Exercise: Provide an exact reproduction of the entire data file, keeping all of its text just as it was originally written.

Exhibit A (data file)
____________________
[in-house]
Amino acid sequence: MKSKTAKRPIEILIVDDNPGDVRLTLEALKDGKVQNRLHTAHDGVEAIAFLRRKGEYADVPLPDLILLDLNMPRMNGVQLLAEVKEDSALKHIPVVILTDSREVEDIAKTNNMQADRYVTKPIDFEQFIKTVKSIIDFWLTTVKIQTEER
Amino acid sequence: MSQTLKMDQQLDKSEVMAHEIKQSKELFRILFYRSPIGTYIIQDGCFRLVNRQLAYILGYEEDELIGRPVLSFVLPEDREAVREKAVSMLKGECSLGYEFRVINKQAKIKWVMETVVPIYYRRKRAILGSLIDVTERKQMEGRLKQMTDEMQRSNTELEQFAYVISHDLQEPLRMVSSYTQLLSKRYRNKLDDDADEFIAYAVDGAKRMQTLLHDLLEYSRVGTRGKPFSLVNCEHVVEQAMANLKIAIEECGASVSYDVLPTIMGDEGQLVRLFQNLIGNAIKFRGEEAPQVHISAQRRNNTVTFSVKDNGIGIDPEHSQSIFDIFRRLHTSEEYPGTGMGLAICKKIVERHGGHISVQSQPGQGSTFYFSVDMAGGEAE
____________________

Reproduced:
[in-house]
Amino acid sequence: MKSKTAKRPIEILIVDDNPGDVRLTLEALKDGKVQNRLHTAHDGVEAIAFLRRKGEYADVPLPDLILLDLNMPRMNGVQLLAEVKEDSALKHIPVVILTDSREVEDIAKTNNMQADRYVTKPIDFEQFIKTVKSIIDFWLTTVKIQTEER
Amino acid sequence: MSQTLKMDQQLDKSEVMAHEIKQSKELFRILFYRSPIGTYIIQDGCFRLVNRQLAYILGYEEDELIGRPVLSFVLPEDREAVREKAVSMLKGECSLGYEFRVINKQAKIKWVMETVVPIYYRRKRAILGSLIDVTERKQMEGRLKQMTDEMQRSNTELEQFAYVISHDLQEPLRMVSSYTQLLSKRYRNKLDDDADEFIAYAVDGAKRMQTLLHDLLEYSRVGTRGKPFSLVNCEHVVEQAMANLKIAIEECGASVSYDVLPTIMGDEGQLVRLFQNLIGNAIKFRGEEAPQVHISAQRRNNTVTFSVKDNGIGIDPEHSQSIFDIFRRLHTSEEYPGTGMGLAICKKIVERHGGHISVQSQPGQGSTFYFSVDMAGGEAE